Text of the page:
My favorite tool right now is a wrench like the one in the photo posted above – and there’s a reason for that.
For the past three weeks the battery cables on my truck have been coming loose at various intervals. Whenever that happens, I have to get out a wrench (along with some pliers) and tighten the cables so that there will be an uninterrupted connection between the cables, the battery, and all the things the battery powers. When this connection is loose, my radio doesn’t work; and when it’s really loose, my truck won’t start.
So, the wrench has become my favorite tool for keeping the connection that powers my truck intact so that everything works the way it’s supposed to work.
This got me thinking about my connection with God and the “tools” I use to keep that connection intact.
Renowned theologian and author Henri Nouwen wrote about this connection in his book The Way of the Heart. There, Nouwen identifies three spiritual practices (“tools”) that connect us to God in ways that help us live as “vital witnesses of Christ.” Below is a listing of these habits with some comments by Nouwen.
- “Solitude is the furnace of transformation. Without solitude we remain victims of our society and continue to be entangled in the illusions of the false self…Solitude is the place of the great struggle and the great encounter – the struggle against the compulsions of the false self, and the encounter with the loving God who offers himself as the substance of the new self.”
- “Compassion is the fruit of solitude and the basis of all ministry.”
- “When we are filled with God’s merciful presence, we can do nothing other than minister because our whole being witness to the light that has come into the darkness.”
- “Thus in and through solitude we do not move away from people. On the contrary, we move closer to them through compassionate ministry.”
- “Silence completes and intensifies solitude.”
- “Our first and foremost task is faithfully to care for the inward fire so that when it is really needed it can offer warmth and light to lost travelers…and silence guards the fire within.”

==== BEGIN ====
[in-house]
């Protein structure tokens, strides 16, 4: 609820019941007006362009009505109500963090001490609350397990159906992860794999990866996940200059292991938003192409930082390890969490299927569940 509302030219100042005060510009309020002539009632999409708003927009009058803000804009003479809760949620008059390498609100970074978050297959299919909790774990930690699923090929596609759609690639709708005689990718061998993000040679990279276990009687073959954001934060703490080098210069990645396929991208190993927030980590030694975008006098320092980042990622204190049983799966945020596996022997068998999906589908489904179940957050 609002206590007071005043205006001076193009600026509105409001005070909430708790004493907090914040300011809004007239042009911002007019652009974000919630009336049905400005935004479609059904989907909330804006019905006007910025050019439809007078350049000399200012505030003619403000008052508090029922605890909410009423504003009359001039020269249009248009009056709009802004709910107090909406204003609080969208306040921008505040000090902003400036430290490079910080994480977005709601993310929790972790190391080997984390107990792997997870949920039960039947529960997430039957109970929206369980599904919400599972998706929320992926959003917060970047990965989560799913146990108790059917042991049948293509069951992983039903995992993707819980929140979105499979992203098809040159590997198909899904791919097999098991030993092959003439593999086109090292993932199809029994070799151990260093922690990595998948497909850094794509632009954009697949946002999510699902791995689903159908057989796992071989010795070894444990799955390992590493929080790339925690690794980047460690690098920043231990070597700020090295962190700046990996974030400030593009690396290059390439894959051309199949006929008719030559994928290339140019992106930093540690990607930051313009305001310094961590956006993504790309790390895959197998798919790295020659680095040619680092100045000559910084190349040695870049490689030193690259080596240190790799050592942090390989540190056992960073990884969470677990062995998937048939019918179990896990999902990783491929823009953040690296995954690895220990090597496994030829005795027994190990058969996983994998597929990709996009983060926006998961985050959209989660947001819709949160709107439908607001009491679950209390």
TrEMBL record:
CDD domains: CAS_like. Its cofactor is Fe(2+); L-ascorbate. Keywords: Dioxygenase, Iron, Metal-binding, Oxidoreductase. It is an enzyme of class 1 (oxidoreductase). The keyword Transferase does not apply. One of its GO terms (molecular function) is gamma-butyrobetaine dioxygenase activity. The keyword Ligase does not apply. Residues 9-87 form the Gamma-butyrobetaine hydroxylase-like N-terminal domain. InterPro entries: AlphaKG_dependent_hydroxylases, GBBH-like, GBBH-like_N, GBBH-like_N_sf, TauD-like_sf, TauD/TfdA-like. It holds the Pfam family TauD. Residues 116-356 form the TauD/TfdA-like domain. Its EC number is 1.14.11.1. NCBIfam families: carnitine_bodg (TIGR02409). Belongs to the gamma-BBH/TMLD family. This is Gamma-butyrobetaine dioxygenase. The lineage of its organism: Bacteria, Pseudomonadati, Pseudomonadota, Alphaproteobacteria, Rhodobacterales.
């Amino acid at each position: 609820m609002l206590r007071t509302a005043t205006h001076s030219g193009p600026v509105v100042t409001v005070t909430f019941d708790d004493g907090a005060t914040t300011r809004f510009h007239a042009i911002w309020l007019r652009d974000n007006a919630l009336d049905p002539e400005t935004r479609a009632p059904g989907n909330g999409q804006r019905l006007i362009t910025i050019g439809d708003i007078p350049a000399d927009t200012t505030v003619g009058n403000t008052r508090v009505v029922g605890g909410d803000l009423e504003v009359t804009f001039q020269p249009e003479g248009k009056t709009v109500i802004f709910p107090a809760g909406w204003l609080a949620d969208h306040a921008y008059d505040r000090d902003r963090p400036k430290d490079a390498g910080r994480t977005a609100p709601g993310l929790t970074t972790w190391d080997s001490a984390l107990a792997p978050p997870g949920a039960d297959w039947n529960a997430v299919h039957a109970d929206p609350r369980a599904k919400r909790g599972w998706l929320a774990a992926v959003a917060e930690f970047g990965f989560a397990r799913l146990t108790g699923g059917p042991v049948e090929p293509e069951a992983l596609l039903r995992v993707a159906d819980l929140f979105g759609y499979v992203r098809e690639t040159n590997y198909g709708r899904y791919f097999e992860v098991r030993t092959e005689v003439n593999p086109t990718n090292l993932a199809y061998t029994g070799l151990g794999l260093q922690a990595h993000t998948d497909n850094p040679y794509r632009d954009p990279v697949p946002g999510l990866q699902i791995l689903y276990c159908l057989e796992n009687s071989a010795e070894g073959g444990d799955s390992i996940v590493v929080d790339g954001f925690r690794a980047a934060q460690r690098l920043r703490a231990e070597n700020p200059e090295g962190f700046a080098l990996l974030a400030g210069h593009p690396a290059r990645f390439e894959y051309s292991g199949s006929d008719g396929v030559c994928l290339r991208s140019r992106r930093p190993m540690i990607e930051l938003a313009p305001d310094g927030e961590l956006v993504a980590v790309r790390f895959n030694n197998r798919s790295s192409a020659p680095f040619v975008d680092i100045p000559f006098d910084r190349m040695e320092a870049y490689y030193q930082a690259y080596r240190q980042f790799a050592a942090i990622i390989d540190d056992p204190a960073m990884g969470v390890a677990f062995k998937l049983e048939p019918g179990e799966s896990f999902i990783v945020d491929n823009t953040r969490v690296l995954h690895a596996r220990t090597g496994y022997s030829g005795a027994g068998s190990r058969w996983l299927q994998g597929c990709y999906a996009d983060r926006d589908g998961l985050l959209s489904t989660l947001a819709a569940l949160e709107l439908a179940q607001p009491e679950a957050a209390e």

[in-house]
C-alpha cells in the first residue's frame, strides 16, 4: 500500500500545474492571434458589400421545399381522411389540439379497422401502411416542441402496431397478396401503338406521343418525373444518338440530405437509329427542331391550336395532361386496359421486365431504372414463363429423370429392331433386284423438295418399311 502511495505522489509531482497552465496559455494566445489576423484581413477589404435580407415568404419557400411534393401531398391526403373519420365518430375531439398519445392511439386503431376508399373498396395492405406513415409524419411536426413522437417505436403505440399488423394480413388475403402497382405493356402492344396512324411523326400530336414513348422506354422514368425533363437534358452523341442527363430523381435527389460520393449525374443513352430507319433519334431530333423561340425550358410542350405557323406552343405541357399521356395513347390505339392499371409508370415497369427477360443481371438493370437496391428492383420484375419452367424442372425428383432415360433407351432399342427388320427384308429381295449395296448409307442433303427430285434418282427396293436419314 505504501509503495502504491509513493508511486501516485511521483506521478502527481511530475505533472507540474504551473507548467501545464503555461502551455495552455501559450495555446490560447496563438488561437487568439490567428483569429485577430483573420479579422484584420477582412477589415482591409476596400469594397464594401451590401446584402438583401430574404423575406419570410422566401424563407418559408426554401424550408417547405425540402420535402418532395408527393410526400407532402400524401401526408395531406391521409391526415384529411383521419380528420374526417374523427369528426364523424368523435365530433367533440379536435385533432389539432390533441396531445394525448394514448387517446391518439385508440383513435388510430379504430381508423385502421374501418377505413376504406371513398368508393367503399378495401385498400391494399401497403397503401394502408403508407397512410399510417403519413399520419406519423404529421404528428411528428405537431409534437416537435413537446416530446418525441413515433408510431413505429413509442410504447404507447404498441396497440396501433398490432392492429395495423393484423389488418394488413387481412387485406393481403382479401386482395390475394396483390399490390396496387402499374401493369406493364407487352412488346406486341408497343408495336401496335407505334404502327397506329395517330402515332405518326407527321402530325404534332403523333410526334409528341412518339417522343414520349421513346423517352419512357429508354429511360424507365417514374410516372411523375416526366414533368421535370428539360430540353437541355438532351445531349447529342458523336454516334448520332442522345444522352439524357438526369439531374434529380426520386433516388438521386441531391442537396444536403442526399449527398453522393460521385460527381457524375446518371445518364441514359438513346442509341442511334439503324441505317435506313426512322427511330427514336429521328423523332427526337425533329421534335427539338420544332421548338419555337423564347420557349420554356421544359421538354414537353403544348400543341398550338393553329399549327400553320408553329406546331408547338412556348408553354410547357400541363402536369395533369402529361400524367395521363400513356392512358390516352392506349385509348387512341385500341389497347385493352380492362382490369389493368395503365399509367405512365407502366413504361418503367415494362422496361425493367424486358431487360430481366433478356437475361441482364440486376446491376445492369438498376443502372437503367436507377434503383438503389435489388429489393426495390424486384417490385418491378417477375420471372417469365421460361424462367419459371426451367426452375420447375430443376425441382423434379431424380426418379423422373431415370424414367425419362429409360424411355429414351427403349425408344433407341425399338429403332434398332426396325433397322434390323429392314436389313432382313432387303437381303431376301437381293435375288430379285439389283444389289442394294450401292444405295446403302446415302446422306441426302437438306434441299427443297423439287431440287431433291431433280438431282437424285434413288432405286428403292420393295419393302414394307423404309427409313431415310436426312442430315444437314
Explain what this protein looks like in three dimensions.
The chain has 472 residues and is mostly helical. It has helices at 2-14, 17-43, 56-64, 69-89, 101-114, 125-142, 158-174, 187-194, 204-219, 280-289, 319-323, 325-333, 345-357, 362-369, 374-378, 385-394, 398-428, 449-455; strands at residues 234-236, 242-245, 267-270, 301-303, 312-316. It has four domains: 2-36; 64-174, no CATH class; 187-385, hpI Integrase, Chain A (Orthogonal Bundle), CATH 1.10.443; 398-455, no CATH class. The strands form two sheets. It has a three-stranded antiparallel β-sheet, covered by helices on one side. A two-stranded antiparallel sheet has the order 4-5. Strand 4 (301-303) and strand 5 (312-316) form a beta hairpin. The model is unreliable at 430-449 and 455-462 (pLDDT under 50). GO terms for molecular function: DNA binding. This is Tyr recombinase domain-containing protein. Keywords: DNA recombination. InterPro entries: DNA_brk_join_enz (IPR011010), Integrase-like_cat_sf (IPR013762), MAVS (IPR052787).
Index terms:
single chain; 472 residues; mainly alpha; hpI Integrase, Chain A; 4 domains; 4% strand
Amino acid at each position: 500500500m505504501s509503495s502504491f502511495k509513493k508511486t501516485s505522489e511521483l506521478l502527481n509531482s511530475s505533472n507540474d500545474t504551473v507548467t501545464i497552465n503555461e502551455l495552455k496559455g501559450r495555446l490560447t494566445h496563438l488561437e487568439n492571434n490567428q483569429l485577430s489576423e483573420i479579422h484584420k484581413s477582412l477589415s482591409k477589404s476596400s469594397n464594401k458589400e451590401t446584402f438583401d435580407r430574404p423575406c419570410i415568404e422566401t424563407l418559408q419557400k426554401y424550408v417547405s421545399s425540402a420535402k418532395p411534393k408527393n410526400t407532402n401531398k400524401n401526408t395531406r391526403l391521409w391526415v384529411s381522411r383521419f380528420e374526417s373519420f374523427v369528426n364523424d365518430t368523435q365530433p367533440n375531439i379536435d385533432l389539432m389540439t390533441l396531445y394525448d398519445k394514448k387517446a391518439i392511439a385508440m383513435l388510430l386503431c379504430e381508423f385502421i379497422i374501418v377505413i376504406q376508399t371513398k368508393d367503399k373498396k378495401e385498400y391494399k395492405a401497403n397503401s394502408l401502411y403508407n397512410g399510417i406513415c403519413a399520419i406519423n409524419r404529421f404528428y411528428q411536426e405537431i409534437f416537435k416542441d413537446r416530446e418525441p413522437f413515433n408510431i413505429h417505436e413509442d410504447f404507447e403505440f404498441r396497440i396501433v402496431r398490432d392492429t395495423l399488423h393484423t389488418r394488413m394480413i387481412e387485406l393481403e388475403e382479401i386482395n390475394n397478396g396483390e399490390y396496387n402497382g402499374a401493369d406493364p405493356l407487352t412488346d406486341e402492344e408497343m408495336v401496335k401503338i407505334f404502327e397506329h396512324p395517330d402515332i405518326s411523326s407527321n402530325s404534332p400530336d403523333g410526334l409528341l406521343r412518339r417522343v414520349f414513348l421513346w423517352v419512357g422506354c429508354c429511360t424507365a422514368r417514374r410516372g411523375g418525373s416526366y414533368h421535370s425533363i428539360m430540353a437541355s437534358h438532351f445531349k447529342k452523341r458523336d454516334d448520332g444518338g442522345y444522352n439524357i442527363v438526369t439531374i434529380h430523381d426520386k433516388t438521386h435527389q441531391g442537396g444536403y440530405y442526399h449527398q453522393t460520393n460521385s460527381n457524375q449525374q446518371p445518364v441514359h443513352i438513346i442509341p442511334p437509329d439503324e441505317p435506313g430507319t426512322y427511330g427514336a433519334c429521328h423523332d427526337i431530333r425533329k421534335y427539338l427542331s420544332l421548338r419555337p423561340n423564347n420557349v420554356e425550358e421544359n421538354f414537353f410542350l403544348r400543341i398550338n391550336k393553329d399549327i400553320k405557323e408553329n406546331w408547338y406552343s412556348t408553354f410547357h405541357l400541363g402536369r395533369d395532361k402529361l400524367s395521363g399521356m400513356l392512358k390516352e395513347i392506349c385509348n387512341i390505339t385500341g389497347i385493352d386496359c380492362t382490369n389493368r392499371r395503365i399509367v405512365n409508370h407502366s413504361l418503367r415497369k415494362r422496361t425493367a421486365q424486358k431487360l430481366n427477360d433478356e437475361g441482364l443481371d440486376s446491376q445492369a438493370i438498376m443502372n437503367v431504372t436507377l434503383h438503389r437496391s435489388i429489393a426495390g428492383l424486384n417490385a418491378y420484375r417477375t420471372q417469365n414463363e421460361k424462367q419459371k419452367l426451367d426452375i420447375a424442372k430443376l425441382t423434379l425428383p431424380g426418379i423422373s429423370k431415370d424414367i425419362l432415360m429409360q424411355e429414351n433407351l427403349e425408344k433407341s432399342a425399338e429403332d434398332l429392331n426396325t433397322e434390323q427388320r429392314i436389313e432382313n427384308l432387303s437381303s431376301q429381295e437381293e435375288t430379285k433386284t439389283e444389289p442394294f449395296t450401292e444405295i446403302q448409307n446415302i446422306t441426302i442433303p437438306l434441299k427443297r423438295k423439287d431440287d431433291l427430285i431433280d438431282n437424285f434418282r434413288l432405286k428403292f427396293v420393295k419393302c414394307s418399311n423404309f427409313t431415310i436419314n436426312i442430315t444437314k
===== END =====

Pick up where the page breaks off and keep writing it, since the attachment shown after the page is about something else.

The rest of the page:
- “God speaks in silence…Hence, the question that must guide all organizing activity in a parish is not how to keep people busy, but how to keep them from being so busy that they can no longer hear the voice of God who speaks in silence.”
- “Solitude and silence are for prayer.”
- “Just as a psychologist studies a case and seeks to gain insight by trying to find coherence in all the available data, so someone who prays well should come to understand God better by thinking deeply about all that is known about him.”
- “Real prayer comes from the heart.”
- “The prayer of the heart is the prayer of truth. It unmasks the many illusions about ourselves and about God and leads us into the true relationship of the sinner to the merciful God.”
Nouwen brought all these thoughts together in this summary: “Solitude shows us the way to let our behavior be shaped not by the compulsions of the world but by our new mind, the mind of Christ. Silence prevents us from being suffocated by our wordy world and teaches us to speak the Word of God. Finally, unceasing prayer gives solitude and silence their real meaning. In unceasing prayer, we descend with the mind into the heart. Thus we enter through our heart into the heart of God, who embraces all of history with his eternally creative and recreative love.”
The result of using these three tools to connect with God on a consistent basis will be this, according to Nouwen: “When we have been remodeled into living witnesses of Christ through solitude, silence, and prayer, we will no longer have to worry about whether we are saying the right thing or making the right gesture, because then Christ will make his presence known even when we are not aware of it.”
So, what’s your favorite tool for connecting with God?